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'We Almost Lost Our Daughter' to Toxic Shock Syndrome, Says Father of 15-Year-Old, Now Expected to Make a Full Recovery

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When 15-year-old Rylie Whitten started complaining of body aches on Jan. 2, her parents and doctor assumed she just had the flu.

However, her symptoms continued to get worse over the next couple of days, so Rylie’s parents brought her to the emergency room for testing.

“She was just moaning, laying there,” her father Nate Whitten tells PEOPLE. “That’s when I realized something’s definitely wrong.”

Rylie tested negative for influenza and spinal meningitis, but a blood test showed that she had a major infection and kidney malfunction. She was immediately transported by helicopter to Helen DeVos Children’s Hospital, where it was determined she was suffering from toxic shock syndrome resulting from her use of a high-absorbency tampon even though she was using it properly.

“It took over all of her major organs and shut them down,” says Nate, 37.

The extremely rare disease can cause organ damage, shock and even death in 50 percent of cases. Toxic shock syndrome occurs in only 1 out of every 100,000 people, and is caused by complications of a bacterial infection. Symptoms include sudden high fever, low blood pressure, vomiting, diarrhea, rash, confusion, muscle aches, redness of the eyes, mouth and throat, seizures and headaches.

“We’re so lucky we caught it when we did, otherwise she wouldn’t be with us,” says Nate.

Fortunately, Rylie is expected to make a full recovery – but it wasn’t easy getting to this point. She spent much of her hospital stay on life support.

“Right now she’s completely off the ventilator – she’s breathing on her own – and her heart is beating on its own,” says Nate. “She has a case of pneumonia and her vocal cords are a little damaged just from being on the ventilator for so long, but she’s just starting to talk a little bit. The biggest sigh of relief is that she’s mentally there.”

Still, there is a long road ahead, including intensive physical and occupational therapy.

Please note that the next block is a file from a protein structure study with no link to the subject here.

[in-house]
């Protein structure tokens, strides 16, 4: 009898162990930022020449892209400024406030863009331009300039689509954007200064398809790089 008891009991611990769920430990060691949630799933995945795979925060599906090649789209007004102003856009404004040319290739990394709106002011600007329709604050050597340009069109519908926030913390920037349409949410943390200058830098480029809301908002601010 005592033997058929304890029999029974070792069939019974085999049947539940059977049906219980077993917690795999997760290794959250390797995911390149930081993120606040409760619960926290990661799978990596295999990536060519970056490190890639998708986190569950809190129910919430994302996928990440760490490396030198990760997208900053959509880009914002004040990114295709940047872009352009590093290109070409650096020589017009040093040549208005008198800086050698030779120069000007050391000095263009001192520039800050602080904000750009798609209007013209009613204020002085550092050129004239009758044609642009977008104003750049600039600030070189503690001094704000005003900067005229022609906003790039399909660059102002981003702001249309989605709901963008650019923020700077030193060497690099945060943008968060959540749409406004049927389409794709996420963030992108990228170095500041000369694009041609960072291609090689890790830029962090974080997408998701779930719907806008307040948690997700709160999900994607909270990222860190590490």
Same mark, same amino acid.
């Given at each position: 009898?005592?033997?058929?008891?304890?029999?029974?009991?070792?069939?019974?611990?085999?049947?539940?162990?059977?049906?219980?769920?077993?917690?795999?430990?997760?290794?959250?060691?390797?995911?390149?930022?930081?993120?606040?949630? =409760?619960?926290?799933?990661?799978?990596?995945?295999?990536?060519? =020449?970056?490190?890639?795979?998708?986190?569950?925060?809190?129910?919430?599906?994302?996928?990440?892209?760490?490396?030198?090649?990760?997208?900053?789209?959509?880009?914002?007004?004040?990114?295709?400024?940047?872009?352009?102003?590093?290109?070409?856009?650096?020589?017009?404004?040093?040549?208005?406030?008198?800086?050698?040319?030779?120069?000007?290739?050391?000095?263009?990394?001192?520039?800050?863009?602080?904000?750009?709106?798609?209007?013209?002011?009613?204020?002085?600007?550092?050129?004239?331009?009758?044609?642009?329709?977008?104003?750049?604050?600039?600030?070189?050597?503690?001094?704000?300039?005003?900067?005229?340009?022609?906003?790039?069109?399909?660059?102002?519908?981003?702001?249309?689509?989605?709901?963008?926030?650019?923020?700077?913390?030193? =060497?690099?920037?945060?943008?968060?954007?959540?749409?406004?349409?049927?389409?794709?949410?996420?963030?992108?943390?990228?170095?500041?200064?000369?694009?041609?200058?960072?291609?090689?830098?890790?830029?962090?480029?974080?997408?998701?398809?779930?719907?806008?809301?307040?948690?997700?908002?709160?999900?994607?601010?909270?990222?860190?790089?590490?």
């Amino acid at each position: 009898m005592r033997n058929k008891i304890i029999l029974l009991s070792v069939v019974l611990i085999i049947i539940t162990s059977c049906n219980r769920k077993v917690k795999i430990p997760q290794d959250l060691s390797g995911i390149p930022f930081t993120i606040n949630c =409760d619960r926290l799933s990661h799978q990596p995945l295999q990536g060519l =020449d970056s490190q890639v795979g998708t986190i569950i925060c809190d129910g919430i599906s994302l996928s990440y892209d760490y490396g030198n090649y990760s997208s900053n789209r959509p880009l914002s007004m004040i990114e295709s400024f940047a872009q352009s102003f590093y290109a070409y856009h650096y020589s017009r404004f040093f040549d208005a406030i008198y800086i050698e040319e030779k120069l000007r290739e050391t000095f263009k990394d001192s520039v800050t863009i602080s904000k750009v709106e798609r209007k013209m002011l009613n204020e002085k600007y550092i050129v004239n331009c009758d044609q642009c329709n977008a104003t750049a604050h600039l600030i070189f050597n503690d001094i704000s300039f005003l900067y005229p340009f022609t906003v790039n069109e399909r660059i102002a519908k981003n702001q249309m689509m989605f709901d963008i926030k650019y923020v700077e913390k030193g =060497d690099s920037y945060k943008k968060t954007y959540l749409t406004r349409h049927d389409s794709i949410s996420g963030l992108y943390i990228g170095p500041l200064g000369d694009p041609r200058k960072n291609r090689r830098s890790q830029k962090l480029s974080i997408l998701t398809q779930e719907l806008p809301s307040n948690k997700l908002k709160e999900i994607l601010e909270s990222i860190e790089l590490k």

RELATED VIDEO: ‘I Wanted to Kill Myself’: Heartbroken Model Loses Leg to Toxic Shock Syndrome after Using a Tampon

“It’s been a rollercoaster ride,” says Nate of how he has coped over the past two weeks. “Some days you just lose it for no reason. At this point I’ve got a huge sigh of relief; at the same time, I think reality’s setting in about how many times we almost lost our daughter.”

Nate credits the outpouring of support from his local community of Greenville, Michigan, with helping him and his wife Jill make it through their difficult time.

“The amount of support that we’ve had is just insane,” says Nate. “I think I’ve cried just as many happy tears and amazed tears as we have sad tears dealing with this situation.”

In addition to setting up a Prayers for Rylie Facebook page, members of the community have held a prayer vigil for Rylie in their local church, and a half-time show at her high school, where she is a member of the dance team, was dedicated to her.

“The whole crowd was chanting her name,” says Nate. “Every restaurant in town has ‘Pray for Rylie’ on their signs. That stuff, you don’t know how to respond to other than cry. It helps. I’m so thankful for it.”

Model Lauren Wasser, who was forced to have her leg amputated after suffering from toxic shock syndrome caused by a tampon, also shared her support.

“My heart breaks for this little girl and her family,” she told PEOPLE in a statement. “This is why I have been so vocal about my experience. [Toxic Shock Syndrome] is real.”

Nate hopes that Rylie’s experience can motivate others to learn about toxic shock syndrome’s symptoms and risks.

“Educate yourself,” he says. “Take 10 minutes and read about it. Be aware of it.”

With reporting by ANA CALDERONE